# Let's play darts

1. Oct 18, 2006

### petuniac

you are playing darts and are wondering how far the dart is dropping on its journey to the target which is 4 m away. The dart leaves your hand at 7 m/s and is accelerating at a rate of -0.3 m/s^2.

work so far...

find final velocity is x-direction from vf^2 = vi^2 + 2ad

vf = 6.8 m/s when dart strikes target

find time it takes to hit target from

vf = vi + at

t = 0.67 s

now, find displacement in y-direction from

d = vit + 1/2at^2
d = -2.2 m

is this correct???

thanks

2. Oct 18, 2006

### OlderDan

The method looks good, the time does not.

3. Oct 19, 2006

### QuantumCrash

It seems like linear kinematics! Really, I would have thought something like this would be projectile motion.

4. Oct 19, 2006

### OlderDan

It is projectile motion, but with a retarding force. The question is poorly worded because it is not specific about the direction of the given acceleration, or the initial velocity. It clearly does not include the gravitational acceleration in what is given, so the asumption that it is a horizontal acceleration of -0.3m/s^2 is most likely what they expected. Since no initial angle was specified, and they are asking for "dropping" distance, a horizontal initial velocity was likely intended.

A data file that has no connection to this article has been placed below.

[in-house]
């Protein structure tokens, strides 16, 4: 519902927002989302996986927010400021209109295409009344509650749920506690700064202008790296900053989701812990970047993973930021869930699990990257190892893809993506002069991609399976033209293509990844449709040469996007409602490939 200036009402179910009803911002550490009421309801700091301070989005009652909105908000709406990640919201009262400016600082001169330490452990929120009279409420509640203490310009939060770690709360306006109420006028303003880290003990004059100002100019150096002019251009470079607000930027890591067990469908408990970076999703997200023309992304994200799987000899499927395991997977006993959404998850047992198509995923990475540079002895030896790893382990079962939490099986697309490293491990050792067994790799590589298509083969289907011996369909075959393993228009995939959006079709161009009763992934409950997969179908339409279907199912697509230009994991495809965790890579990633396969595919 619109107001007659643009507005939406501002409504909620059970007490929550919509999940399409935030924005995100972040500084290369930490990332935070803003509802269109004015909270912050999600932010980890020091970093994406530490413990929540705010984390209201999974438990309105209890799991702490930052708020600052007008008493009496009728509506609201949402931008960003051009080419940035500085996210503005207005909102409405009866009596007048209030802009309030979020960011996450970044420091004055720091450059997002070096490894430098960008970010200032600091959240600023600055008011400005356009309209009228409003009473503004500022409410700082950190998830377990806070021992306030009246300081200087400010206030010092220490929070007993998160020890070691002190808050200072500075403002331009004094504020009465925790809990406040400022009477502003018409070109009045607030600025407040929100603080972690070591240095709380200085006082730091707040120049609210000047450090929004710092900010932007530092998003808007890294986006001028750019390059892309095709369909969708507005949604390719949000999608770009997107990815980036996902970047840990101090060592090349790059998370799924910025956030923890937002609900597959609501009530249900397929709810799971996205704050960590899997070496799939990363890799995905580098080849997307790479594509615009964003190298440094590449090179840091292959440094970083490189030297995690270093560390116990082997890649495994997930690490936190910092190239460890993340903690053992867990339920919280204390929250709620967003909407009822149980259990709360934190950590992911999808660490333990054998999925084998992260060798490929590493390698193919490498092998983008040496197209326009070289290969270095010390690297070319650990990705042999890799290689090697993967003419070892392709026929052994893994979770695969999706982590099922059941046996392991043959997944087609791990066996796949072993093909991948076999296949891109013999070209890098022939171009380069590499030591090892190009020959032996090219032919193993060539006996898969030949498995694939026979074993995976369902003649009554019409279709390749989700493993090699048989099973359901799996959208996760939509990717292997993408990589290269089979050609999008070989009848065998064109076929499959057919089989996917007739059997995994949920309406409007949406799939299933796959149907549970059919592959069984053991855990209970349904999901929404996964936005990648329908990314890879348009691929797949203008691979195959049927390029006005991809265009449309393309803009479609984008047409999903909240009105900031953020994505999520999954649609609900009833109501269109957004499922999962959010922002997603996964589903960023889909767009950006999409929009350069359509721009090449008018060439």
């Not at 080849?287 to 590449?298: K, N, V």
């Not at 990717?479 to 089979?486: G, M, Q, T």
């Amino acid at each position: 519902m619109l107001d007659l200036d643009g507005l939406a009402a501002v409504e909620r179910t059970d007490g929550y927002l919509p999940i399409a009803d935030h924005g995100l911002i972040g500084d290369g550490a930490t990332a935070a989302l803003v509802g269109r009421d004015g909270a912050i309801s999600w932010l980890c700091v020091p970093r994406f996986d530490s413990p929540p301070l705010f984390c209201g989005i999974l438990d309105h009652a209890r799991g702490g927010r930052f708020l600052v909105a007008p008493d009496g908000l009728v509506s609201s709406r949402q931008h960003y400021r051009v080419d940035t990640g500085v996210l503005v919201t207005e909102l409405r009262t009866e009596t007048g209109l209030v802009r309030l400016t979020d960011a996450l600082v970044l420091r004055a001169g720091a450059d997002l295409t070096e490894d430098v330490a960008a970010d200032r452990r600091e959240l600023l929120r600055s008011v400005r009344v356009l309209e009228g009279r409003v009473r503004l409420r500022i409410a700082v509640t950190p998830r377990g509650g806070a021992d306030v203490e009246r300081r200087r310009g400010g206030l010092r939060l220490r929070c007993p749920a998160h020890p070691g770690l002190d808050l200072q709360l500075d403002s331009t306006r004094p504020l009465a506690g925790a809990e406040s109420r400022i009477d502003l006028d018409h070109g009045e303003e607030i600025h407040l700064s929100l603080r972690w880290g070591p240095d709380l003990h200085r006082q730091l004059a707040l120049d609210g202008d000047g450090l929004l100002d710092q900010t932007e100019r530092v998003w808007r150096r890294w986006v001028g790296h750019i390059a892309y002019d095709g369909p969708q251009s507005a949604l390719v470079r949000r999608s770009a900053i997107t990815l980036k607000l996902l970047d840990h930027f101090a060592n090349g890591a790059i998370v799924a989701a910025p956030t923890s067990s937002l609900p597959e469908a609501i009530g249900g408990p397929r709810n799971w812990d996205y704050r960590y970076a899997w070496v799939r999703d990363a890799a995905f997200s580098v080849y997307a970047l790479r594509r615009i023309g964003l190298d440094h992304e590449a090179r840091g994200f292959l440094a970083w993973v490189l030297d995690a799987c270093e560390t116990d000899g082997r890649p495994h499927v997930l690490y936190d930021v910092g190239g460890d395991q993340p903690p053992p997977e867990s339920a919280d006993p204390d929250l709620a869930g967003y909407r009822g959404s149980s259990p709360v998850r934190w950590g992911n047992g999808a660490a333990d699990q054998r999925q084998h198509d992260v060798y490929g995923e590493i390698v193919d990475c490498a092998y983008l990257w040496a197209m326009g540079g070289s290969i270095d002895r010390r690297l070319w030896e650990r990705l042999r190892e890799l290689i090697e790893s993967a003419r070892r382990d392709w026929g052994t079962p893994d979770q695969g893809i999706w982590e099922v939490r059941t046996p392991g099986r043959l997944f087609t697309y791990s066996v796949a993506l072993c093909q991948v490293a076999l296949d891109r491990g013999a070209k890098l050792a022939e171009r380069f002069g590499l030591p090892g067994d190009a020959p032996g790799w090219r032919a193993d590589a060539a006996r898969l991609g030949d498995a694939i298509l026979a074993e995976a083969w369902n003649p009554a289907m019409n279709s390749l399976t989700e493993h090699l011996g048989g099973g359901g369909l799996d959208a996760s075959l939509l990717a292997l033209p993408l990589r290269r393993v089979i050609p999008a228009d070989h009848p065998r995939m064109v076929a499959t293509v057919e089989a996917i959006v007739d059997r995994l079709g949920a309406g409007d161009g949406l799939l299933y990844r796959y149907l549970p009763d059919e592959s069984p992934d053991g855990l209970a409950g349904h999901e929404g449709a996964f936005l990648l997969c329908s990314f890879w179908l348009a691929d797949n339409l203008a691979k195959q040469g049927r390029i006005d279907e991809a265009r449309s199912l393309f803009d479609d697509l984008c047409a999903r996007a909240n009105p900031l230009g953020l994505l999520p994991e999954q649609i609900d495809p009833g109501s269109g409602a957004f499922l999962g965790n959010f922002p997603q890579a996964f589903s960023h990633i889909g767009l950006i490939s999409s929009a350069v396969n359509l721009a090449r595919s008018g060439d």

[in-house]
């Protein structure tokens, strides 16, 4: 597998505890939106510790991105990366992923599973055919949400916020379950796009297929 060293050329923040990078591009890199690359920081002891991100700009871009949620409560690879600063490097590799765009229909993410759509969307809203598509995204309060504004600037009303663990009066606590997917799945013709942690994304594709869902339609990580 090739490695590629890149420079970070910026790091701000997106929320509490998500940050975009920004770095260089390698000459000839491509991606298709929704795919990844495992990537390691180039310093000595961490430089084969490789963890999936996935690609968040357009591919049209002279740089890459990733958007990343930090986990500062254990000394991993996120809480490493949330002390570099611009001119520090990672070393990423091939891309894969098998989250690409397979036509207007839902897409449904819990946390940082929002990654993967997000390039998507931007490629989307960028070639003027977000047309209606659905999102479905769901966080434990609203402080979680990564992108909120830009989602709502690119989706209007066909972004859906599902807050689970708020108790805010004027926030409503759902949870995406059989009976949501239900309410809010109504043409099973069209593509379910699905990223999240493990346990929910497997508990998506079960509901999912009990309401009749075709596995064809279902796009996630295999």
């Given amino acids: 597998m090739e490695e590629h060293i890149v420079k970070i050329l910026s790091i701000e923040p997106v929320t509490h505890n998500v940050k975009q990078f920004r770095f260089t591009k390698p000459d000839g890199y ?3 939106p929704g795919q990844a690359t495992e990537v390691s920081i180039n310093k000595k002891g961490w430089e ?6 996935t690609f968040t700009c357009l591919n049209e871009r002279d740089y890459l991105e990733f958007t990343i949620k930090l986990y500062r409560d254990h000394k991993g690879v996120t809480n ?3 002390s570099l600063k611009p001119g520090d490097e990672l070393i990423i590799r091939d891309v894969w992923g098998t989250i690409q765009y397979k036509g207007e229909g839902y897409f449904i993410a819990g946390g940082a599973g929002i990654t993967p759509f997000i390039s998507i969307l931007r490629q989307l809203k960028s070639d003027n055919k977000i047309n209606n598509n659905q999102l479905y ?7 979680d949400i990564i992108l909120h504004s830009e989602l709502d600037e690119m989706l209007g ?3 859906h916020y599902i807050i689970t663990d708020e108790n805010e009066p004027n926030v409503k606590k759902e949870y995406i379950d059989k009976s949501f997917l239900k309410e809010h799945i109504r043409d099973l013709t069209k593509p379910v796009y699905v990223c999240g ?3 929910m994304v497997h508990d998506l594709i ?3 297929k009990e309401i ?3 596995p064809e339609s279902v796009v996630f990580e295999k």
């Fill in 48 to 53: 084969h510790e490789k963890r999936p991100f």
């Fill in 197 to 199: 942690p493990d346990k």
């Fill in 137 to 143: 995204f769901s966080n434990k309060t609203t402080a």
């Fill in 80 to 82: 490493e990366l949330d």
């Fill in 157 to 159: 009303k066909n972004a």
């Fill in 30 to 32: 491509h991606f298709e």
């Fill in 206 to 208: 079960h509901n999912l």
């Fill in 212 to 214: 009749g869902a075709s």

5. Oct 19, 2006

### petuniac

1) why does the time not look correct? I re-did the calculation with the same result

vf = vi + at
6.8 = 7 + (-0.3)t
t = (6.8-7)/-0.3
t = 0.67 s

2) this problem was given as part of linear kinematics...

3) so am I doing this correctly??

thanks!

6. Oct 19, 2006

### OlderDan

You rounded off too much computing the 6.8m/s. The difference between the two velocities is too small to get an accurate time unless you keep more digits. You could of course argue that the problem did not give the initial velocity very accurately, but when they say 7 they really mean 7.00000000000000000000000000000000. You are doing it correctly for the assumptions I outlined earlier. It's really a poorly worded problem. I think you did what was intended.